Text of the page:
Written by Avoni Gharde, who is pursuing her Ph.D. in Textile Technology Management with a co-major in Fiber Polymer Science.

Science, Technology, Engineering and Mathematics (STEM) education plays a vital role in shaping the future of a country’s economy, followed by growth and stability in the workforce. It creates critical thinkers, increases science literacy, breaks the traditional gender roles and enables the next gen of innovators. It is quite clear that in today’s era, a basic foundation of math and science is required for most of the jobs. Despite this, few students decide to venture into STEM field, and it was one of the driving forces for my team – the Materials Research Society, NC State University chapter – to encourage students and spread word of the benefits of holding a STEM degree.

The Materials Research Society (MRS) consists of scientists and engineers from various disciplines with the common interest of materials-based research. The parent organization, MRS Foundation, is an international professional network that aims to improve the world’s quality of life by collectively working toward solving problems society may encounter.

MRS Foundation provides funding through a Special Projects Grant to its university chapters to promote excitement among the community regarding materials-based research. The NC State University Chapter received $1,000 from the MRS Foundation through a grant proposal titled, “Materials Research for Economic Mobility.” This grant proposal focuses on how an education in STEM can afford socioeconomic mobility through its opportunities.

A link to the parent organization can be found here. As a university chapter, our primary goal is to bring together graduate students from various fields to promote interdisciplinary communication and collaboration. We also hope to provide professional development and outreach opportunities to our members to get them more engaged in the community and prepared for life after graduate school. We currently host events such as research competitions, seminar series, networking events, and STEM outreach programs.  We hope to grow our chapter by bringing in students from different fields and getting our members more involved.

Our team:

For the November STEM Outreach program, we decided to visit Hickory High School (HHS) in Hickory, North Carolina. James, an alumnus of HHS, made it possible for us to visit his alma mater before Thanksgiving break. Our audiences were ninth graders and a few juniors – we had four periods to present our work and demo a few experiments; each period comprised of nearly 30 students. It was necessary for us to show the kids that STEM isn’t just chemistry in a laboratory, nor does it involve a desk job 100 percent of the times. We wanted to broaden their minds and help them recognize the opportunities that STEM offers. Therefore we showed videos about solving transportation problems in Haiti and manufacturing prosthetics. We talked about working at Disney Engineering, where collaborative teams comprised of individuals from design, creativity, story writing, architecture, engineering, graphics and safety work on the design and architecture for attractions like “Guardians of the Galaxy”. We also pointed out the available resources regarding market and job scenarios, funding sources, scholarship programs, mixing hobbies and making a career out of it with the help of STEM education.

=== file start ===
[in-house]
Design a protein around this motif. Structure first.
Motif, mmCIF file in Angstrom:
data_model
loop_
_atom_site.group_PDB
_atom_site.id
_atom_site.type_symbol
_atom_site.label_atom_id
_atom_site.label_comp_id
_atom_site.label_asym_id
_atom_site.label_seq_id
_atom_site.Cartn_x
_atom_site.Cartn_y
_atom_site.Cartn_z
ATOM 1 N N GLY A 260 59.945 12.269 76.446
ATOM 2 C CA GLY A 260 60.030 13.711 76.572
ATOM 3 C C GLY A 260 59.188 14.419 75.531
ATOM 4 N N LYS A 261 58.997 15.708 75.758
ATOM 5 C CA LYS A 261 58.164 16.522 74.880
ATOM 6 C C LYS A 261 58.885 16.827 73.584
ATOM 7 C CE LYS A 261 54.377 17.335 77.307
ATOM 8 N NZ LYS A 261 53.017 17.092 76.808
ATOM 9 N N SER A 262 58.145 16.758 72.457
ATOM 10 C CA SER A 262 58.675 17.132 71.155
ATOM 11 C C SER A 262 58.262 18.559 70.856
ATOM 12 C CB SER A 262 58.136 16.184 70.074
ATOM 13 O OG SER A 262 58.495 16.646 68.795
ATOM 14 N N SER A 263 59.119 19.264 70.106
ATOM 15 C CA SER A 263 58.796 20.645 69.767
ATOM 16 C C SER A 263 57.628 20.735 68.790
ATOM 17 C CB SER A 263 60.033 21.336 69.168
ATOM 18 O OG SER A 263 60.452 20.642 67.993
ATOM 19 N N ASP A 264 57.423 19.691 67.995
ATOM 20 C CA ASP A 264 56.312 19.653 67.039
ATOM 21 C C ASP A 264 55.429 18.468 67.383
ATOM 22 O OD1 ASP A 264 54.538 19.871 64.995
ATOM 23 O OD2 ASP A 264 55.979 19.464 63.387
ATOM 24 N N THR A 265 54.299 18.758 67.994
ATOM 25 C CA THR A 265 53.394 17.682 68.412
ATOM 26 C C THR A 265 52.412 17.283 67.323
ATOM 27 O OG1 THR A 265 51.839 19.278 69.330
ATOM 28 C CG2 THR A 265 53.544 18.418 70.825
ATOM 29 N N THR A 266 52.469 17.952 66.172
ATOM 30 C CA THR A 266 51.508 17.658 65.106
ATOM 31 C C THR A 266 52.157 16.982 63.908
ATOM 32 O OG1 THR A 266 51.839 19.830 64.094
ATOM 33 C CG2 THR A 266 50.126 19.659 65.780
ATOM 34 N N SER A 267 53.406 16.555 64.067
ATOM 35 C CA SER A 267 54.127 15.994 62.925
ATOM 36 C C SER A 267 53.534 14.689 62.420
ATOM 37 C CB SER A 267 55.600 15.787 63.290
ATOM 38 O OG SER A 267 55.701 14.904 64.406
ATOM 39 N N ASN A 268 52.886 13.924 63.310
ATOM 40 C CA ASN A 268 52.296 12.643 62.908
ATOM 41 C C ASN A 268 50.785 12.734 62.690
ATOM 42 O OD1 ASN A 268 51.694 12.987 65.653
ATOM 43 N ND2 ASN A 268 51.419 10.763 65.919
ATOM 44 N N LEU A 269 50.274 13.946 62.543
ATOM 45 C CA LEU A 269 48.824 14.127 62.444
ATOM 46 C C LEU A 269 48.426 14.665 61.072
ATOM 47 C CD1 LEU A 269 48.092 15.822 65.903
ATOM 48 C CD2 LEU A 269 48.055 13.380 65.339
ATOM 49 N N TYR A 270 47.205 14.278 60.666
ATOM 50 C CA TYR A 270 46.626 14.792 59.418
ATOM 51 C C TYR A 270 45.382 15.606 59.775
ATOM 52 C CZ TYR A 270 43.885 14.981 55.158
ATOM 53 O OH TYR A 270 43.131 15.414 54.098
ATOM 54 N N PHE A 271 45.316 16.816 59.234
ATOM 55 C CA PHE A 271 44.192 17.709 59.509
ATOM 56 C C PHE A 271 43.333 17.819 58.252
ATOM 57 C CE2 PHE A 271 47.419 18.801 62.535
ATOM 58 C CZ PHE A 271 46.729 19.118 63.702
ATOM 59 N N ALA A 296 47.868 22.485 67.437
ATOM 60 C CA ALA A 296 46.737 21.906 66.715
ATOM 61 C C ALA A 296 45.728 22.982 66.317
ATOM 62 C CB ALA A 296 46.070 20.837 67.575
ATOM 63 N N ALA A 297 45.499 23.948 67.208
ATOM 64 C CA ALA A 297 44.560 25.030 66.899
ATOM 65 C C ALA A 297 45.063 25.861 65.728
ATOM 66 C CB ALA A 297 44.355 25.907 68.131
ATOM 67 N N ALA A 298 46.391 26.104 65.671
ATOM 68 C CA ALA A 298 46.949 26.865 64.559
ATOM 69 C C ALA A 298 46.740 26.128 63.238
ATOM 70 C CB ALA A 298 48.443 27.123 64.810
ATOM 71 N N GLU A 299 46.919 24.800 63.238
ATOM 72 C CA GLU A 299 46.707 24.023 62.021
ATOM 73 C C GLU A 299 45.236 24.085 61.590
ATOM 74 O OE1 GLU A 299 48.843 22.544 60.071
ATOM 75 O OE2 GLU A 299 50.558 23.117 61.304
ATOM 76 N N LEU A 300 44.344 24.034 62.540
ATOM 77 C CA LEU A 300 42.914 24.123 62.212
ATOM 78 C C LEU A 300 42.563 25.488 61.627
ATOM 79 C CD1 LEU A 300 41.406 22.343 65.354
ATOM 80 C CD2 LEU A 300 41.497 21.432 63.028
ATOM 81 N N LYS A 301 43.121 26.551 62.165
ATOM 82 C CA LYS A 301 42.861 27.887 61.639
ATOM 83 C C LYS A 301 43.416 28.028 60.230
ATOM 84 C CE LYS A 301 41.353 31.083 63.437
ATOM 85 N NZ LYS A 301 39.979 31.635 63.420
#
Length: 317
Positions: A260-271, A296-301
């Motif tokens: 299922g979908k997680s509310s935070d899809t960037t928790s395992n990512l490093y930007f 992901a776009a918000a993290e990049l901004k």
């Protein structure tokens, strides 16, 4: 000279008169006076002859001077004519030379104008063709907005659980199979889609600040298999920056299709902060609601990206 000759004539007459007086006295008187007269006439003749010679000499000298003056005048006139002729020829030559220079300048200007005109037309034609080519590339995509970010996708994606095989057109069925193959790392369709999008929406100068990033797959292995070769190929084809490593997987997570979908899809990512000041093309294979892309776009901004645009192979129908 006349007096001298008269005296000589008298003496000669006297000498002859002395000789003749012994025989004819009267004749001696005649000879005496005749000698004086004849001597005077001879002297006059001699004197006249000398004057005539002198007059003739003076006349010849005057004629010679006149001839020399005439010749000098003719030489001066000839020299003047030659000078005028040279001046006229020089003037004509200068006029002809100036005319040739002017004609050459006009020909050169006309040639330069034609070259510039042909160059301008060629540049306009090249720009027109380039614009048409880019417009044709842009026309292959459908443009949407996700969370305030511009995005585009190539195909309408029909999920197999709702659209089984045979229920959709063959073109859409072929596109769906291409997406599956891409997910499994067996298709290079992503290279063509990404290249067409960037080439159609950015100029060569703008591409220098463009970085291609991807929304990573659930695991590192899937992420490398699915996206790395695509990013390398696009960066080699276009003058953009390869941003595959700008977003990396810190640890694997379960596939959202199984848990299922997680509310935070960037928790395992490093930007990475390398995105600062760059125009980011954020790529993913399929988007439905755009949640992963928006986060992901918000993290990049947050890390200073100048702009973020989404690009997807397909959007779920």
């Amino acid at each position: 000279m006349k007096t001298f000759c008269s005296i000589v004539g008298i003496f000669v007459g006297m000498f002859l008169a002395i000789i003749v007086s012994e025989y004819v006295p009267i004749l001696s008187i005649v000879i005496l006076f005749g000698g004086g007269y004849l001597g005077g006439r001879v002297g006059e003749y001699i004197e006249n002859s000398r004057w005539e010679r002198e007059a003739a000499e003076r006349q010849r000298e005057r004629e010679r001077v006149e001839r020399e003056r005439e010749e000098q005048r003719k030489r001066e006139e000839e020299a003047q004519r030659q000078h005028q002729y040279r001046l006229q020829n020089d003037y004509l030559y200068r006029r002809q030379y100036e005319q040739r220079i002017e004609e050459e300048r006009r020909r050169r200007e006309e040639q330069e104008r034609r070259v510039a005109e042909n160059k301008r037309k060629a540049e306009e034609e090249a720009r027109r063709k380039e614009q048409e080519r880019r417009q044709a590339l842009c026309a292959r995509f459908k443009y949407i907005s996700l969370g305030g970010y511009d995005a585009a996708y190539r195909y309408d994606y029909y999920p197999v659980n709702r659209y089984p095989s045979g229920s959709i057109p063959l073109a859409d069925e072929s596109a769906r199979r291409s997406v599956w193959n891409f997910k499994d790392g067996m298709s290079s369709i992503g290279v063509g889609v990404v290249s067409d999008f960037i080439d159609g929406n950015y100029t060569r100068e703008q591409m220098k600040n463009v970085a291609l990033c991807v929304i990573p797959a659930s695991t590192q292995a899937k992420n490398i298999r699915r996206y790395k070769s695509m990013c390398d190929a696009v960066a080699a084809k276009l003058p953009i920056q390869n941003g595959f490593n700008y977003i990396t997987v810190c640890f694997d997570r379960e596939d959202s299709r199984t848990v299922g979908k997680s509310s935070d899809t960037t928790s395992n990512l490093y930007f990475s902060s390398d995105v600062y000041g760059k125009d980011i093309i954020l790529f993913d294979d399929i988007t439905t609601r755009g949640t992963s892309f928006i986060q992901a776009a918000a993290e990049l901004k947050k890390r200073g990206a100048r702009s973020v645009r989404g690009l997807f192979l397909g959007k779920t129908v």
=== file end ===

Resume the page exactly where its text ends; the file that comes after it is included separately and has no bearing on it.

Making vanilla ice cream using liquid nitrogen
Making vanilla ice cream using liquid nitrogen

Each team member addressed students’ questions and also spoke of the hardships that were faced – such as Dennis being the first generation in his family to attend college, and me, leaving my home and traveling thousands of miles to pursue a Ph.D. at the prestigious Wilson College of Textiles. We made them aware that we were just like them at one point – uncertain but hopeful about living our dreams! Towards the end of our presentation, we demonstrated four different experiments to depict the team member’s various areas of education: Peter’s shape memory alloys; James’ electrochemistry and battery demo; Dennis and Daniel’s liquid nitrogen Ice-cream; and my polymer chemistry to produce nylon 6,10, which prompted many students to refer to it as ‘Spiderman’s web.’ It was obvious that the kids loved all four demos, especially the opportunity to participate and help us.

It was the first time I got to be a part of such an important movement of educating and empowering, and it felt good to know we may have transformed a few kids into considering getting a STEM degree after our talk. It taught me that when guided in the right path, these kids can be the positive change and leaders that the world will need. I hope the children did see how this education is pertinent to the future, to THEIR future.

Featured above from left to right:  Avoni Gharde, Peter Feldtmann, James Mitchell, Dennis Szymanski and Daniel Yonemoto.